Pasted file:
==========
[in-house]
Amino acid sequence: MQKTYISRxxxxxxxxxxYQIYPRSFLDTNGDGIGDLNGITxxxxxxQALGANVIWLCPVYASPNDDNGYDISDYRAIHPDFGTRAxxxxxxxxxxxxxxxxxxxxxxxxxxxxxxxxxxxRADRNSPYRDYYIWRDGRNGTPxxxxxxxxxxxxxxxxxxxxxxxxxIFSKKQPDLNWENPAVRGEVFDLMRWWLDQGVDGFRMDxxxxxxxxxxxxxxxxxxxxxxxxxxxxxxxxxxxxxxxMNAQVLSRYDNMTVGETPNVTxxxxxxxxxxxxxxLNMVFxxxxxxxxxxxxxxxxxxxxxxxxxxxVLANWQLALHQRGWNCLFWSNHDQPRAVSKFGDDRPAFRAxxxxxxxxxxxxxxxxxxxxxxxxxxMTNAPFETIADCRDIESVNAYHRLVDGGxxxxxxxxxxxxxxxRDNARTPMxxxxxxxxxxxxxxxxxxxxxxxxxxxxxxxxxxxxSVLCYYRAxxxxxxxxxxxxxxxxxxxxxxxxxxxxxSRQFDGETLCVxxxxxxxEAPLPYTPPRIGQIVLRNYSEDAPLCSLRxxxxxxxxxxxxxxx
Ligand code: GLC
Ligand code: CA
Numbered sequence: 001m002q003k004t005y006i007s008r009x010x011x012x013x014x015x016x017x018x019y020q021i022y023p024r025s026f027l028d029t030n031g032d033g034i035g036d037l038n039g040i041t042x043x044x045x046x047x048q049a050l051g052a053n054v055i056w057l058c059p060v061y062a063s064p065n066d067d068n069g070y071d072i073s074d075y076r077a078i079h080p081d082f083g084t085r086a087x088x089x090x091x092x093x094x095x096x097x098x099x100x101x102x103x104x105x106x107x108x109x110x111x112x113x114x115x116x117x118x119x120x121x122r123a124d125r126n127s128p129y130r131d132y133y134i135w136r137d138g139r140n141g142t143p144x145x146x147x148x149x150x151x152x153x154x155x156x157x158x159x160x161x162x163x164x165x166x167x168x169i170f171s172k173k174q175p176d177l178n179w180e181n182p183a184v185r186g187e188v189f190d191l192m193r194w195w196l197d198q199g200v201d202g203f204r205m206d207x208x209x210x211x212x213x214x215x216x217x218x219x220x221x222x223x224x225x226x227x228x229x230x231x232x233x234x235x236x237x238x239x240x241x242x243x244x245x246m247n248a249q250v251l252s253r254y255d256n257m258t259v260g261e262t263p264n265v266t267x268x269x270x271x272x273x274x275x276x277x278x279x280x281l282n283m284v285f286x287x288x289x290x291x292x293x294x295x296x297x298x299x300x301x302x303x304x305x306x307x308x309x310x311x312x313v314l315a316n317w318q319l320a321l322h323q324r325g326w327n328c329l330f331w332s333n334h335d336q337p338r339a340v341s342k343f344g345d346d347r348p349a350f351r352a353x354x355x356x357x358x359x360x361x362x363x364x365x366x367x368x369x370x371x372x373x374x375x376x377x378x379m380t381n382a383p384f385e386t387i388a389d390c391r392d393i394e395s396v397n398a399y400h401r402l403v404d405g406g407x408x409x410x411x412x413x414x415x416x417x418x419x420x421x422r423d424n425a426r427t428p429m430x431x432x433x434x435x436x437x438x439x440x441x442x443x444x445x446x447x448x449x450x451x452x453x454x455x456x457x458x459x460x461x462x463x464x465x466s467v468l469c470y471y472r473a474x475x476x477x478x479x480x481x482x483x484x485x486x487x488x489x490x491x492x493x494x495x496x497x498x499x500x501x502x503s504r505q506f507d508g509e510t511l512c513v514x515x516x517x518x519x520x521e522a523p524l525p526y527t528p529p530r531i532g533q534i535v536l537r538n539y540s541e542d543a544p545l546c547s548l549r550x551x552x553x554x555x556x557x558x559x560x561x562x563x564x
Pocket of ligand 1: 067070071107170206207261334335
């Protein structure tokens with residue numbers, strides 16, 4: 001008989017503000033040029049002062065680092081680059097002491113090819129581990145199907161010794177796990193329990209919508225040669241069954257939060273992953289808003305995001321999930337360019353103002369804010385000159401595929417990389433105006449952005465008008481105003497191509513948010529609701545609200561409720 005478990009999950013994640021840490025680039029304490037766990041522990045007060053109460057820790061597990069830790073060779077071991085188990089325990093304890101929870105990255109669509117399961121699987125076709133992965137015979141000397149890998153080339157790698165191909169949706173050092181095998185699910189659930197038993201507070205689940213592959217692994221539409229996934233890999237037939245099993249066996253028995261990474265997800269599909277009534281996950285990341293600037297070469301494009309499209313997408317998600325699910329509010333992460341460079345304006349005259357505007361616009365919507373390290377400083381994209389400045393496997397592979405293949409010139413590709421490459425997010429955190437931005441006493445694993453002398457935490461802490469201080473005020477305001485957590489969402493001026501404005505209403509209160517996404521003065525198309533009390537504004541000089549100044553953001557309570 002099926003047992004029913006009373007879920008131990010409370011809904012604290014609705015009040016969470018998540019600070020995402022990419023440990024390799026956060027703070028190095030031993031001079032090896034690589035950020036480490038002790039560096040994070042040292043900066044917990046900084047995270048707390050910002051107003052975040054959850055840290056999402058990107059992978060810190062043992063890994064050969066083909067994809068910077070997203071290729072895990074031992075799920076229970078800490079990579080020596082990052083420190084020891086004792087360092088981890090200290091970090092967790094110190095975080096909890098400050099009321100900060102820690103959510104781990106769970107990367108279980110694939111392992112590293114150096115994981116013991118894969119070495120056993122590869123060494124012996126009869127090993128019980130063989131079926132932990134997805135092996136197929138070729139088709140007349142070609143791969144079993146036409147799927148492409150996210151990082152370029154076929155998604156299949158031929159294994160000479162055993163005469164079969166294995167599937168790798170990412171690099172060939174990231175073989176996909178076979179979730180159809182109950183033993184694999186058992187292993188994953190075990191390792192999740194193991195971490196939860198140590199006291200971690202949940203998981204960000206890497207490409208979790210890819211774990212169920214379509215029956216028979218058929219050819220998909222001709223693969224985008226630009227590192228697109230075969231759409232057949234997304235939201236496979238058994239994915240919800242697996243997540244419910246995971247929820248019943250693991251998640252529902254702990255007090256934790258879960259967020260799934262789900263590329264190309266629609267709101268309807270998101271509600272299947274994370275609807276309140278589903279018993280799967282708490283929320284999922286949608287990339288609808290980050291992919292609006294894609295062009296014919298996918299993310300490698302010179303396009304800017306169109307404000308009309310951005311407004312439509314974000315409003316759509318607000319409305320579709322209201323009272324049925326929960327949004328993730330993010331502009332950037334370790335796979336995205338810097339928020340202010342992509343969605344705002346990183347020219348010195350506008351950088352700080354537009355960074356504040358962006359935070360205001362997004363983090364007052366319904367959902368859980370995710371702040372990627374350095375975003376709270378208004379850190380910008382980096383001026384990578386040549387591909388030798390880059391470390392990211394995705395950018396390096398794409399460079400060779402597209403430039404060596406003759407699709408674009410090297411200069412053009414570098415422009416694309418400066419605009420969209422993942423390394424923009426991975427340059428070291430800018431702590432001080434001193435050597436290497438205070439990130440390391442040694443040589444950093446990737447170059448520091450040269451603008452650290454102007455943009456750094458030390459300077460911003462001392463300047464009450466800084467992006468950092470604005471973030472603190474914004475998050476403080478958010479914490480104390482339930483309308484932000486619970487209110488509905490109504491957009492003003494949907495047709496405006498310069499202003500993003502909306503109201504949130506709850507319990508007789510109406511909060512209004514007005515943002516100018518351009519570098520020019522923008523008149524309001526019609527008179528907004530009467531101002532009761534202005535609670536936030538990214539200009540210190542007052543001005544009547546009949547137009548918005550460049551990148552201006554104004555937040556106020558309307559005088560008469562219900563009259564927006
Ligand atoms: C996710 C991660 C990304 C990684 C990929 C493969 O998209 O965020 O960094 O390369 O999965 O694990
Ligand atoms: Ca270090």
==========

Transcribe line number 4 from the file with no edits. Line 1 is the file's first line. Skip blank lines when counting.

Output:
Ligand code: CA